Trump, in announcing he was pulling out of the Iran deal in May, issued a formal directive that ordered “the Secretary of State and the Secretary of the Treasury shall immediately begin taking steps to reimpose all United States sanctions lifted or waived in connection with the JCPOA [Iran deal].” Those would include the SWIFT sanctions.

In announcing the first group of reimposed sanctions in August, Trump said it was part of the policy of “applying maximum economic pressure on the Iranian regime.”

Bolton reiterated that Trump “wants maximum pressure on Iran, maximum pressure, and that is what is going on.”

In a July speech, Pompeo said, “We have an obligation to put maximum pressure on the regime’s ability to generate and move money, and we will do so. At the center of this campaign is the reimposition of sanctions on Iran’s banking and energy sectors.”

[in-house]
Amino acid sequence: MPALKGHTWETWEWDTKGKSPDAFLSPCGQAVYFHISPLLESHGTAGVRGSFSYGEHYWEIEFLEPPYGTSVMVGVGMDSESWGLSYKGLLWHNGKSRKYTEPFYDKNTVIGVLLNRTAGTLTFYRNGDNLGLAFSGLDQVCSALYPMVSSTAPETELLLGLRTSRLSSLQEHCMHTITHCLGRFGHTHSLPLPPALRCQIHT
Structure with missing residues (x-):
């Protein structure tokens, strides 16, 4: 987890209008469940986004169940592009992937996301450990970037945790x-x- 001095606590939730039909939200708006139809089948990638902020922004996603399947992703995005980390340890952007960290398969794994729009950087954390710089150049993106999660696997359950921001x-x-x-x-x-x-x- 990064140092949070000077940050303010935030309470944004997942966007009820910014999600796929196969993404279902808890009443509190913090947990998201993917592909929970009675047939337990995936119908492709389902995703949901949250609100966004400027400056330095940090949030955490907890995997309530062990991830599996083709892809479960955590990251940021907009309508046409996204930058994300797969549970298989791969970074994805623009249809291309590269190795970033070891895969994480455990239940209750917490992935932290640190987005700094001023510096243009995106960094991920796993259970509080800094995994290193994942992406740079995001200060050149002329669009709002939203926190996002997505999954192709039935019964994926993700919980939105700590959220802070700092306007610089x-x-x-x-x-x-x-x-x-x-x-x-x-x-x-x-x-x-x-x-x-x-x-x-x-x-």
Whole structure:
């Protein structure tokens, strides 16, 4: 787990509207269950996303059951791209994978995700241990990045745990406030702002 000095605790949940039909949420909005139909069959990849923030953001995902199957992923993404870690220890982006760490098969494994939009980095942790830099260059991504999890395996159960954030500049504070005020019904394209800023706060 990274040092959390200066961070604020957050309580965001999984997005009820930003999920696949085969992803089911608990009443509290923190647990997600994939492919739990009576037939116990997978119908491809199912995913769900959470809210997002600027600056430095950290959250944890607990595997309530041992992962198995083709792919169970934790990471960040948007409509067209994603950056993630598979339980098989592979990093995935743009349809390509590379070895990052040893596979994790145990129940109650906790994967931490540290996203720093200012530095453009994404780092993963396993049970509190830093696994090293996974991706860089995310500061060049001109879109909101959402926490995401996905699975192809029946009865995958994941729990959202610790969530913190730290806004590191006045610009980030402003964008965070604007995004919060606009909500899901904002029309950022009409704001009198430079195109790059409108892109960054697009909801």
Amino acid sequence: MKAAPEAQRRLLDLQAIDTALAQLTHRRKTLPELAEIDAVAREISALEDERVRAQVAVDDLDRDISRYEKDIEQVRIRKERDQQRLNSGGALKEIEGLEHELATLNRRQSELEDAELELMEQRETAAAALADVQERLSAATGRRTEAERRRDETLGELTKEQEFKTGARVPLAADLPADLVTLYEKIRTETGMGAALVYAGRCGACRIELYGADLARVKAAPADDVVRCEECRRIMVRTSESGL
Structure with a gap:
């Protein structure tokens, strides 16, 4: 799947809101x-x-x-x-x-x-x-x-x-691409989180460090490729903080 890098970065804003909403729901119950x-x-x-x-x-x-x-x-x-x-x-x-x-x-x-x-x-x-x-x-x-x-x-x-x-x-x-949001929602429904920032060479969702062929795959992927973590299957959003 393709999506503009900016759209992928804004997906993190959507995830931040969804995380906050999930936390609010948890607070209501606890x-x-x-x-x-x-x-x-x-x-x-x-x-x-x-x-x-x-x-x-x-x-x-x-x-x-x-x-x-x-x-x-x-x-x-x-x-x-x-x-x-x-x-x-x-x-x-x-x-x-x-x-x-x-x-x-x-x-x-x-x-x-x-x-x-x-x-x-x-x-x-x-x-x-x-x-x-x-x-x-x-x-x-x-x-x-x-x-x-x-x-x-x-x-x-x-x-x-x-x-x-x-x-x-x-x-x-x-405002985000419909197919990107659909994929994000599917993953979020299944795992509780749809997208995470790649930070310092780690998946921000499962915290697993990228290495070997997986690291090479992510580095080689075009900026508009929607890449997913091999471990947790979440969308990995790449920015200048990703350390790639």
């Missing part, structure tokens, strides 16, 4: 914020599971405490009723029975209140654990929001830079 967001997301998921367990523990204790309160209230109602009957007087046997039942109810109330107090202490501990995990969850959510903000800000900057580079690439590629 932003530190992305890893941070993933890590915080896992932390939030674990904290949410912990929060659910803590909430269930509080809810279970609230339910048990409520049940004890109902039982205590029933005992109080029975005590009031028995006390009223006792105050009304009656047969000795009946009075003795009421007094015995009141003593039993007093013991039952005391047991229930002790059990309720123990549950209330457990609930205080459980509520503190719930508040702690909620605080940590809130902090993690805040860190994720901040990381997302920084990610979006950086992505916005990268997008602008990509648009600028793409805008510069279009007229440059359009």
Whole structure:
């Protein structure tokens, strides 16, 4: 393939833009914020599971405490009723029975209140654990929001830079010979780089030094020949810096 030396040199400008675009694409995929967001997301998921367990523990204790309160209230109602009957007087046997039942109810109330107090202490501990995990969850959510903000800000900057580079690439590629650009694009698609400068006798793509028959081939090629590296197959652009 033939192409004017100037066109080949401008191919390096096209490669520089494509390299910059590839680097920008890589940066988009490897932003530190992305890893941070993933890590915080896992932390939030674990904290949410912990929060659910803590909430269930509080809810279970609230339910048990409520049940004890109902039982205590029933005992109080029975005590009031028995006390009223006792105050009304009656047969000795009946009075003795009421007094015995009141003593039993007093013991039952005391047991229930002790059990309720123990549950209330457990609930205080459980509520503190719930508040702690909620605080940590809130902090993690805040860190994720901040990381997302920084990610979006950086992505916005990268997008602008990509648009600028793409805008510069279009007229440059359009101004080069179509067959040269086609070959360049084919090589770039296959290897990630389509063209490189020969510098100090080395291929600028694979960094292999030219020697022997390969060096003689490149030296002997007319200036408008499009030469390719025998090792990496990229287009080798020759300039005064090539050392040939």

The sanctions that would “snap back” as part of the U.S. exiting the Iran deal include “sanctions on the provision of specialized financial messaging services to the Central Bank of Iran and Iranian financial institutions” — but that only matters if the administration follows through on enforcement.

For those concerned about the threat from Iran, the fear is that Trump reneging on his promises to apply “maximum pressure” would create a loophole that protects Iran from sanctions by allowing them to engage in trade and, more broadly, demonstrate a lack of will that will encourage Iran and its European allies to push back against Trump in the future.